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Whether we write novels, how-tos, devotionals, or articles, writers are Communicators. We want to engage and speak to readers in a significant way. And we want to be real. But is there such a thing as being too real?
Have you ever read a story that was not realistic enough (i.e. sappy, shallow, Pollyanna-ish) or way too realistic (wow, thanks, I now have that image burned on my brain forever)?
As a storyteller, my first goal is to engage and entertain, since readers don’t usually pick up a novel in search of a lesson or a personal challenge. For my own writing (and I love that we are all uniquely called to different goals with our writing), what follows hard on the heels of entertainment is to encourage hope and faith. And we are living in a time when people are desperate for hope and encouragement.
So how do we do offer bright hope and yet write real?
Set in 1953, it’s the story of an ex-Hollywood heartthrob turned born-again Christian who hires a modest WW2 widow to write his memoir. It’s a twist on the fated “good girl reforms bad boy” tale because in this case, the Bad Boy reforms the Good Girl through the telling of his life’s story. (I had to study the art of memoir writing to do this, which made for a challenging dual story writing experience . . . more on that another time. . .) But . . . if you know anything about the top-billed stars of the 30s and 40s (think Clark Gable or Cary Grant) you know that their off-camera lives were often quite sordid.
I’m guessing most readers who choose Christian fiction hope to avoid these types of scandalous tales. And the last thing I want to do is shock readers with a womanizer’s escapades. But imagine for a moment a handsome, well-known actor driven to tell his story,whose only goal is to show the transforming power of Christ, and to share the hope he’s found. Telling his story is difficult—even painful at times—and it becomes more so when he must dictate it to a respectable young woman.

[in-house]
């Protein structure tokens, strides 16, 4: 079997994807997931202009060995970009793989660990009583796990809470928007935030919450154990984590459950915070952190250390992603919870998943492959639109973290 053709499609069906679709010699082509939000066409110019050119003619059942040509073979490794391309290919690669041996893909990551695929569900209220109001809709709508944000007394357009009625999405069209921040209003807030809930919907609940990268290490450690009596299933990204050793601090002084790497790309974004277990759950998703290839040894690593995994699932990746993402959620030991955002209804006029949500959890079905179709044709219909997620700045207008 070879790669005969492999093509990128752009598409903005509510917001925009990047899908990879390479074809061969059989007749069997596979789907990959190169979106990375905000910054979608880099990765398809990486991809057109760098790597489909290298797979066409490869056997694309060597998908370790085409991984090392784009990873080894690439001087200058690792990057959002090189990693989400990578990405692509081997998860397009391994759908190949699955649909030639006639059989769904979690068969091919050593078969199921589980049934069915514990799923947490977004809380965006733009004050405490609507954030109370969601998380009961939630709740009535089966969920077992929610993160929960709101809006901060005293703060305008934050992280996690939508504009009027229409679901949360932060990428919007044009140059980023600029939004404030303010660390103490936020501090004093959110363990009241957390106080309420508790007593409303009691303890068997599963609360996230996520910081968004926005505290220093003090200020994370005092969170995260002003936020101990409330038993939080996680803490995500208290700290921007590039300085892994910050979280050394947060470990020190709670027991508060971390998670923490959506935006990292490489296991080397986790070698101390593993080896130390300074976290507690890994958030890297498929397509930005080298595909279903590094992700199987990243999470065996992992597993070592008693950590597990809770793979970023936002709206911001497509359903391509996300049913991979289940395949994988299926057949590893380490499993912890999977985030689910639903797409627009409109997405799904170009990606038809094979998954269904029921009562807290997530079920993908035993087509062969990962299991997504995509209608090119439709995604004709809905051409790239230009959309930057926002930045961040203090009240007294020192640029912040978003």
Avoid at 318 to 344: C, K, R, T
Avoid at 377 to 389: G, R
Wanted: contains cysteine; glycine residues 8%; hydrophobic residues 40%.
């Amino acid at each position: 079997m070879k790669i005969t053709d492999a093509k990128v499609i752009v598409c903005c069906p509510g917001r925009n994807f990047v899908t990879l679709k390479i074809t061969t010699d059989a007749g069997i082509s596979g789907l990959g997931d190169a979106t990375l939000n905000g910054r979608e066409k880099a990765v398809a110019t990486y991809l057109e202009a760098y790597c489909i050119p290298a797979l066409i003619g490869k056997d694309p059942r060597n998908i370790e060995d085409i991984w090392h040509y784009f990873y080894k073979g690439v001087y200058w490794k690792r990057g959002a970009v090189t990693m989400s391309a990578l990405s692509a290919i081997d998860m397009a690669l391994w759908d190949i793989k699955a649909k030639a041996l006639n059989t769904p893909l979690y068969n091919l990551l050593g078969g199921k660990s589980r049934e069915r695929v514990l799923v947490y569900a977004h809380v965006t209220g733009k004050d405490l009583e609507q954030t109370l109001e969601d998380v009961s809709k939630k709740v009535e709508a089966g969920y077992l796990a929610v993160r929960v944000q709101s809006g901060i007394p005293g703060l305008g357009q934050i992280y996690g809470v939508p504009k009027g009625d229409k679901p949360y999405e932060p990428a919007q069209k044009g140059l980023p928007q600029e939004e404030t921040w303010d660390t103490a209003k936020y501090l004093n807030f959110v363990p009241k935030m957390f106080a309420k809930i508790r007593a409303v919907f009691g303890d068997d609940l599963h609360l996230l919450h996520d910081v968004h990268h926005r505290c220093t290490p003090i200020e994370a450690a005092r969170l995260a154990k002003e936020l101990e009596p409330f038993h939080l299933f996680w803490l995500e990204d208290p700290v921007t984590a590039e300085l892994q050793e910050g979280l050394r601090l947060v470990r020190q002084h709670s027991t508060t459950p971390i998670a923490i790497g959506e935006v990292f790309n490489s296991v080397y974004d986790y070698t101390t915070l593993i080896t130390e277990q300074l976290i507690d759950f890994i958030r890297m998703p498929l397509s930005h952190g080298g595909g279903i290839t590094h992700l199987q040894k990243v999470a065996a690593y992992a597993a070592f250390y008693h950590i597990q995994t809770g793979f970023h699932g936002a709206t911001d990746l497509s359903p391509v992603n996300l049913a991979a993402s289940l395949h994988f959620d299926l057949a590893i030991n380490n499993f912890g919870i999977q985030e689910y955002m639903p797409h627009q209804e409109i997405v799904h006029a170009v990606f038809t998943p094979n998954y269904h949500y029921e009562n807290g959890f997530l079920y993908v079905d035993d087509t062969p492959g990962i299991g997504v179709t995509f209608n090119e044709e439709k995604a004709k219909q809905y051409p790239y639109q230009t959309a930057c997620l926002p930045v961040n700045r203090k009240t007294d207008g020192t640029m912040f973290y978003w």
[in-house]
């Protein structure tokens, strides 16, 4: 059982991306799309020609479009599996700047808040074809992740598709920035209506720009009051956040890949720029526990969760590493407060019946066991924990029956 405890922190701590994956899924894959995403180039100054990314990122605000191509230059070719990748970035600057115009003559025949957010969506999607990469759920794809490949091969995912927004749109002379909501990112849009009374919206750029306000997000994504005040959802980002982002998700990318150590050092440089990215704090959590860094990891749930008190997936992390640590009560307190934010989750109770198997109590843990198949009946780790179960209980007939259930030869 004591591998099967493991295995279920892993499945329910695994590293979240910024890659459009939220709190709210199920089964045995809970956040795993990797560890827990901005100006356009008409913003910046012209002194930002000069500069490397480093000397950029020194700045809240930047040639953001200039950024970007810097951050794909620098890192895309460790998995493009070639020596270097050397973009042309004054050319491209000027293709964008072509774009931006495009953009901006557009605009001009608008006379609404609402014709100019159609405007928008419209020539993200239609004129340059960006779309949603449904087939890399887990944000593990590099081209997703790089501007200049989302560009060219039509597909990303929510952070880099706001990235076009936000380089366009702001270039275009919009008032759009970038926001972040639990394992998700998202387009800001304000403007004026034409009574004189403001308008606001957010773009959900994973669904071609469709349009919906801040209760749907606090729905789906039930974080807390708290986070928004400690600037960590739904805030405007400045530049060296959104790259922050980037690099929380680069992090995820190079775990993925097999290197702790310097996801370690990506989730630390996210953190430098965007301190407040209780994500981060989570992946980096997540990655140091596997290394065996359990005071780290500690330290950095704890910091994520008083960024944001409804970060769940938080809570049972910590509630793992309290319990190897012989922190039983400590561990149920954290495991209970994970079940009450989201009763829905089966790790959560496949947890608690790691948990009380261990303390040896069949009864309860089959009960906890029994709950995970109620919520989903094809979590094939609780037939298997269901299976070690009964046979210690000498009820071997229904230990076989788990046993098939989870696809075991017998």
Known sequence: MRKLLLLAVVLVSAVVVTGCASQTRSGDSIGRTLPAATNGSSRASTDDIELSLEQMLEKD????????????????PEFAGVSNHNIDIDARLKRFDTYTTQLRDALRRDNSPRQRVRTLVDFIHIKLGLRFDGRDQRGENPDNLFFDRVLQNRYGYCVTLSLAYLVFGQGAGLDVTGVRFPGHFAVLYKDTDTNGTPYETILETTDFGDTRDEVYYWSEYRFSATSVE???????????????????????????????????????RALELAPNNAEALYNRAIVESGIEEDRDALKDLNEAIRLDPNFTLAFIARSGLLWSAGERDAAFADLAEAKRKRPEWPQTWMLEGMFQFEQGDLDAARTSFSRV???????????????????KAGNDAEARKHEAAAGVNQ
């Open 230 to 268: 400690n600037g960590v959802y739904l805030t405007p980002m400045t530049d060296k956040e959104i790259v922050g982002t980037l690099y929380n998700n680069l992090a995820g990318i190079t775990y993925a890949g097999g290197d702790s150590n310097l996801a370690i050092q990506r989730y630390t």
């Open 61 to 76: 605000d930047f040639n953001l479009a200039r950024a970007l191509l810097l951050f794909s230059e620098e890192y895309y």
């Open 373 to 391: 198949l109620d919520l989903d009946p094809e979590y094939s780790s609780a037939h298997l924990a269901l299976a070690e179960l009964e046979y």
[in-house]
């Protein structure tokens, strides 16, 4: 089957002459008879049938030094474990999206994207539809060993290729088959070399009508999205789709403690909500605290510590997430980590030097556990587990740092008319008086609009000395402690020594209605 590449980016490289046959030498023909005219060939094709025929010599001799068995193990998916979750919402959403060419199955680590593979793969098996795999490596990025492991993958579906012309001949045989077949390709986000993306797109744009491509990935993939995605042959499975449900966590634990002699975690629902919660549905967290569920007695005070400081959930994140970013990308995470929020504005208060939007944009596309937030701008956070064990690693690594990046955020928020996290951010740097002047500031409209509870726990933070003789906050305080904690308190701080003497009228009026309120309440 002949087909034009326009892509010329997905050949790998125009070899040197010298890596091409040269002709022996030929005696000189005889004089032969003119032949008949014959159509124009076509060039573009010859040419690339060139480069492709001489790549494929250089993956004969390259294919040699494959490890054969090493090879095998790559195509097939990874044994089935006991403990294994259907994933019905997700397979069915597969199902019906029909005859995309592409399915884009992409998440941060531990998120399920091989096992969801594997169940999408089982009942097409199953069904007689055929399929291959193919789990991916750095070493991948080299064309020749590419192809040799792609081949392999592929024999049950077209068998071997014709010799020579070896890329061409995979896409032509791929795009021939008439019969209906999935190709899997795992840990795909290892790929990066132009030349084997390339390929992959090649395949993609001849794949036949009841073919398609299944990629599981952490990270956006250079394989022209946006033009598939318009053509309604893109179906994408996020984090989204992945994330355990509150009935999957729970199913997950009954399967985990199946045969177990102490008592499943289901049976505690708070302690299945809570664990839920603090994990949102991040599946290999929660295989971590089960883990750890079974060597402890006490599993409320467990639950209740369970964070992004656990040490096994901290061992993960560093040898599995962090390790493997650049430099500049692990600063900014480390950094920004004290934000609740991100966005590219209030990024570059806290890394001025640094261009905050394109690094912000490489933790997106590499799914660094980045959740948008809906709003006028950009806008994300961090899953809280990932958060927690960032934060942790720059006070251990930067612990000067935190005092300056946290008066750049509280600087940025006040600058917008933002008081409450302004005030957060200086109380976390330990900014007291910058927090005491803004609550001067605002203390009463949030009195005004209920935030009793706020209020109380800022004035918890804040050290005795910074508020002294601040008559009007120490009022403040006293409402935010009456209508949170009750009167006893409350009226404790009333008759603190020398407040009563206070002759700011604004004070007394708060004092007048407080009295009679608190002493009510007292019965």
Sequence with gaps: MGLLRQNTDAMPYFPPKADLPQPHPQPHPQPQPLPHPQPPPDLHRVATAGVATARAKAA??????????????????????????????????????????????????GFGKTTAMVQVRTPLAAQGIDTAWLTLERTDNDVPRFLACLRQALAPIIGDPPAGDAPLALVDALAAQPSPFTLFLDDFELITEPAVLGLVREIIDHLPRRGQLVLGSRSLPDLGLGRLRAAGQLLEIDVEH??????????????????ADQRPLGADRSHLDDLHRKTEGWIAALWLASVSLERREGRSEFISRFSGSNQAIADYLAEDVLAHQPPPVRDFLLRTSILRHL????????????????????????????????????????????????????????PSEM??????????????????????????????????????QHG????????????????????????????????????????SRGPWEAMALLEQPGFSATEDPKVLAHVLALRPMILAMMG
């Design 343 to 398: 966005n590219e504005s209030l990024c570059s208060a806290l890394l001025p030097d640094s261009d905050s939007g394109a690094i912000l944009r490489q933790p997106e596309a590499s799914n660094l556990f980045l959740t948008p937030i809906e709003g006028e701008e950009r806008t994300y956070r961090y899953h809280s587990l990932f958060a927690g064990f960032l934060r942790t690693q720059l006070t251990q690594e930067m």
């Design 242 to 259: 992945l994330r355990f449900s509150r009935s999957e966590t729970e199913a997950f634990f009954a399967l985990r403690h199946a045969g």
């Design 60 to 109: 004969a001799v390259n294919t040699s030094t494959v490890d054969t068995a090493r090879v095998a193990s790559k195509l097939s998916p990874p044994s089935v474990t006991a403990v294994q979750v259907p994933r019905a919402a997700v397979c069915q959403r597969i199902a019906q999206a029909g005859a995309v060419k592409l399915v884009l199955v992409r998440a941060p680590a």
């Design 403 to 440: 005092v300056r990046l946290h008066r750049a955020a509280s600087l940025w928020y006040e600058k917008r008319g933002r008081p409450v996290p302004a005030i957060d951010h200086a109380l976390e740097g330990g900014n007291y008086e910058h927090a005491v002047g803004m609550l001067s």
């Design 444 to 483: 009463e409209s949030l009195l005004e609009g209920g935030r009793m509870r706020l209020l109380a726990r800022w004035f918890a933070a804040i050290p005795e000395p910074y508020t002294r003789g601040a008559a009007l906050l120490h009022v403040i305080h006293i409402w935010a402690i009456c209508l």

What to do? Johnny has no desire to glamorize his past, and doesn’t like re-living things he’s now ashamed of, but for the heights of transformation to be fully appreciated, the depths of darkness must be shown. His past is what it is. He can’t sugar-coat it—especially if he wants to illustrate God’s amazing grace.
Perhaps Johnny will discover that gritty truths can be told with gentle tact, wisdom, and respect for the hearer.
I've heard testimonials at church from Teen Challenge participants who tell their dramatic stories of freedom from addiction and destructive lifestyles. The congregation holds their collective breaths as men talk about spiraling out of control with drugs or alcohol, and the subsequent impact on their lives and the lives of others. Most of the time, the details are presented with just enough reality to show the depth of hopelessness and yet not so explicitly that the hearers are overwhelmed and left with graphic images burned on their brain.
It’s possible to show reality in a way that doesn’t shock or grab people by the chin and force them to gawk at the wreckage as they pass by, leaving them with an indelible mental image. Yes, reality is gritty. It pummels and bruises and leaves us and those we love altered. It also reminds us that we need hope now more than ever. As if we need reminding.
Should we be real? Yes, please! No one wants to read Pollyannatopia. But let’s be real like a memoir—with wisdom and tact, not listing every gritty detail on some quest for full disclosure, but gently laying down key realities that point to a beautiful truth. Not hiding ugliness as if to fool anyone, but not framing it and hanging in on our front door either.
We must be real. And we can do so with wisdom, respecting our reader’s trust in us while using our powerful communication skills to convey the dark depths and dizzying heights of redemption.
Let's chat: How do you feel about this? What level of reality are you comfortable with writing about?
Yours Truly, Camille
Camille’s new contemporary novel, Like There’s No Tomorrow, released Sept 30, 2014 from Ashberry Lane Publishing. It’s a mildly amusing yet tender love story about two young, single caretakers, two quirky old Scottish sisters bent on reuniting, and too many agendas. It’s a love story with a tug-o-war over a daft old woman, family drama, faith testing, and the gift of each new day.
Camille Eide writes heart-tugging tales of love, faith, and family. She lives in Oregon with her husband and is a mom, grammy, church office manager, bass guitarist, and a fan of muscle cars, tender romance, and Peanut M&Ms. Find the book at: Kindle, Paperback, Barnes & Noble, Kobo, iTunes, Smashwords and Goodreads. Find Camille at: Camille’s Website, FaceBook, Twitter, Email Blogging on God’s grace at Along the Banks and about Fiction & film at Extreme Keyboarding.